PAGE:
The first symbolic trees were planted by Jan Höjman, CEO, and Nalin Pathirana, Managing Director, in August 2012 (Picture 1). During autumn 2012, the site for reforestation will be prepared for many more trees to be planted as the monsoon period arrives in November (Picture 2).

We will keep this page regularly updated with information and pictures regarding the carbon offset project. You can also read more about our CSR activities on Facebook.

First tree planted

View of Sinharja rainforest

November 2013

6000 trees planted - Tailor Store is 100% carbon neutral

Challenges are there to be overcome. With some delays, due to difficult weather conditions and heavy rains, we are now definately 100% carbon neutral. Needless to say we feel very good about this. 6000 trees have been planted in “our” rainforest in Sri Lanka. The trees need maintanance and protection to ensure that they survive the first critical years. This task is handled by Rainforest Rescue International Rainforest Rescue International Their man in the field is Mr. Gunasekara who is living close to the forest. His assignment is to monitor and guard the plants and clear the ground until the trees have grown big enough to establish a natural balance in line with the principles of analog forestry. This project contributes to offset the greenhouse gases and to build a sustainable world. We will regularaly visit the rainforest and publish updates on our wesite as well as on Facebook.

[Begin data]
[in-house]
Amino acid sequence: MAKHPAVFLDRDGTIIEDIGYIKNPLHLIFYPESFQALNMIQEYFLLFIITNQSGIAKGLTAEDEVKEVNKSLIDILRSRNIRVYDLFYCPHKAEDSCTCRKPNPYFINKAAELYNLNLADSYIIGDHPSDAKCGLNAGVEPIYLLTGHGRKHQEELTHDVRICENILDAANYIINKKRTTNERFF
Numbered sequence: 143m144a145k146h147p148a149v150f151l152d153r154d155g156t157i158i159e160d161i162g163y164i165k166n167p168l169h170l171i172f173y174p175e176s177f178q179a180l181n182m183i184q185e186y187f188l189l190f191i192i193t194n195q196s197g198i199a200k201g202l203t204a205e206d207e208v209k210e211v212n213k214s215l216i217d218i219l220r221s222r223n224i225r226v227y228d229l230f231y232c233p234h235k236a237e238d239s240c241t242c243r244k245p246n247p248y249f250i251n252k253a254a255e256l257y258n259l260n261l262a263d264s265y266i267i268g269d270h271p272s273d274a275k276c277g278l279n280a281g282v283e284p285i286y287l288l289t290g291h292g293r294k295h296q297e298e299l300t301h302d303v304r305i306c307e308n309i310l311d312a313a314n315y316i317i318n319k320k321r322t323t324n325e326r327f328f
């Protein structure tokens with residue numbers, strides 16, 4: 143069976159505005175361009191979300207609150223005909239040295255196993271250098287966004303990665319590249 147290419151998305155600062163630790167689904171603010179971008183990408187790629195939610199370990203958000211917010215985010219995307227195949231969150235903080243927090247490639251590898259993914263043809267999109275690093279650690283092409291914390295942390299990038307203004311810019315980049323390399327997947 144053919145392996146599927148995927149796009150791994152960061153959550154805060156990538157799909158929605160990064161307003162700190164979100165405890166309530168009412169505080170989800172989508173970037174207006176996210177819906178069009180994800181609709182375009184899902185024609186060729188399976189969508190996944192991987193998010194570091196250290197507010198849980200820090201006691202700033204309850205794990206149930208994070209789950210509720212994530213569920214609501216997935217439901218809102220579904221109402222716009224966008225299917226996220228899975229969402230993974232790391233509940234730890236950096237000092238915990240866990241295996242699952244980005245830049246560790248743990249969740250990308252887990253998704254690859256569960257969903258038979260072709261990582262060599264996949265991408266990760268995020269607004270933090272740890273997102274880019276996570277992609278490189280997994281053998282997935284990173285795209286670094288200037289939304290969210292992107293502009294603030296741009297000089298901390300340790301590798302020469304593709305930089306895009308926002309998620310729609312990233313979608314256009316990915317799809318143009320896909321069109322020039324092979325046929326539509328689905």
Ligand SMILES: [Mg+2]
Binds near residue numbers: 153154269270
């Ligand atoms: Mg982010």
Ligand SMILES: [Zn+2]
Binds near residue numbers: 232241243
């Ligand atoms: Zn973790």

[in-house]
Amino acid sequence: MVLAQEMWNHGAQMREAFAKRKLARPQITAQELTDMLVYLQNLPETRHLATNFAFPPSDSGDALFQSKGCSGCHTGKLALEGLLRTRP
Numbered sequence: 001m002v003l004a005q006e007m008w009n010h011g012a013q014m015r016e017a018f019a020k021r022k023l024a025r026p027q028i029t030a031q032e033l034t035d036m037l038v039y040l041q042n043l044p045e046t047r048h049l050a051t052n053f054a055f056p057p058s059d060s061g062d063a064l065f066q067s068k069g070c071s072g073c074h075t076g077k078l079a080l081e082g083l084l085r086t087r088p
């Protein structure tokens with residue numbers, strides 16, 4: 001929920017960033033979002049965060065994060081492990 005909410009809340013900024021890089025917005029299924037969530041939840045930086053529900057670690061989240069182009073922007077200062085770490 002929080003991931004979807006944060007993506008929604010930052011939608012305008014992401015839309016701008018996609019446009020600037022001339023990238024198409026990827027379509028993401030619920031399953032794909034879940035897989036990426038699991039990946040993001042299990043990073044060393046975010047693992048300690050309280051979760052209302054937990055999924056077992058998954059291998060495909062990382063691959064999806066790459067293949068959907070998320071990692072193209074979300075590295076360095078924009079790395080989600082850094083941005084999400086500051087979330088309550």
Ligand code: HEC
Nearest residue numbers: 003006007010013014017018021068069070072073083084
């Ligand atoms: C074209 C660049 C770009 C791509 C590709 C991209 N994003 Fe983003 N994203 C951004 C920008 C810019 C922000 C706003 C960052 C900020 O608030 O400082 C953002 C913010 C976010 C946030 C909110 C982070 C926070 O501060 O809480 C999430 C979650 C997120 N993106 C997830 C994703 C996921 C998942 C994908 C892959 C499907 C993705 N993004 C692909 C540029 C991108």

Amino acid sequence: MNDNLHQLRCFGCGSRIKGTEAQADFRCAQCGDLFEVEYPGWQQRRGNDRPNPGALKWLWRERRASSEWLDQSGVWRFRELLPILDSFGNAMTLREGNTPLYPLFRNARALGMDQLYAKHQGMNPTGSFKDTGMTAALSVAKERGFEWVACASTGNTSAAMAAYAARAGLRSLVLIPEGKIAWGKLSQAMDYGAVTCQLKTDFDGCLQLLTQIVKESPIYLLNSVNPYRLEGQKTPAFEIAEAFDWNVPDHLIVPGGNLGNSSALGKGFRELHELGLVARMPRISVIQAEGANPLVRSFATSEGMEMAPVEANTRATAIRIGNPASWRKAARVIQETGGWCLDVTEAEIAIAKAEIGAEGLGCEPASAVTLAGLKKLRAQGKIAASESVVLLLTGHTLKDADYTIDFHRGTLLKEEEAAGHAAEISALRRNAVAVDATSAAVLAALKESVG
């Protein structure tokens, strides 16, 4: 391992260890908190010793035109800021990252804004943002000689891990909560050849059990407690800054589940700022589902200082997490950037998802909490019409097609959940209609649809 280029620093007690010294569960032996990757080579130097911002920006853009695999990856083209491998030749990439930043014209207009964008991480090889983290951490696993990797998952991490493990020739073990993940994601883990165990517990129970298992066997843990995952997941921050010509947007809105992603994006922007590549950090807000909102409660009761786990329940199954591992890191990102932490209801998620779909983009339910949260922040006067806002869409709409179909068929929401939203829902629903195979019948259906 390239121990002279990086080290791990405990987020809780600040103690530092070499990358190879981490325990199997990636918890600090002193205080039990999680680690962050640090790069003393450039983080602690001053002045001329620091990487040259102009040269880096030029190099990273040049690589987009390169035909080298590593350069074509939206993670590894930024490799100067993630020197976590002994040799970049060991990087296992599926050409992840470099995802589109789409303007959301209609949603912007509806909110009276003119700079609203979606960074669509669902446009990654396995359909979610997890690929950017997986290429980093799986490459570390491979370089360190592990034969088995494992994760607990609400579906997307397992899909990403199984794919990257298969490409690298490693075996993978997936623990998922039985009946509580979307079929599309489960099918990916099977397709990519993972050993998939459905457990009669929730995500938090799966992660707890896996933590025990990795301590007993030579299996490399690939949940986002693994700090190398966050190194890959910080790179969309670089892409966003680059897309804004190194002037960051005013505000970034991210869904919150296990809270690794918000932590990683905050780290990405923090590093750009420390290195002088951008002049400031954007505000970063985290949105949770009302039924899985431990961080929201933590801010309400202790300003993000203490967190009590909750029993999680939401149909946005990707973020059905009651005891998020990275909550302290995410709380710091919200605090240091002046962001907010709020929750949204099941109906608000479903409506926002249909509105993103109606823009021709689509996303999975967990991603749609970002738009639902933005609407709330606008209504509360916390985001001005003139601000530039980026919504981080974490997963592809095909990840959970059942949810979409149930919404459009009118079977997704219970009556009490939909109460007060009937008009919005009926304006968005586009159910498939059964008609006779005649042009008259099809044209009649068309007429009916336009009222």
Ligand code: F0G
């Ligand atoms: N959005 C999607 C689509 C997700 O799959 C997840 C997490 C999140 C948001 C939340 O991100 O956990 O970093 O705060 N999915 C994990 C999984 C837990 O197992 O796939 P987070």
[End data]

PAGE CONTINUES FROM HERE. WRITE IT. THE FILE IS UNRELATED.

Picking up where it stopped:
Last tree planted

To the left: Mr. Nalin, Managing Director of Tailor Store International, proudly looking at one of the last trees planted to complete the rainforest project.

To the right: A Hal tree that within a few years will grow big and lock in several tons of carbon.




April 2013

Delay in the rain forest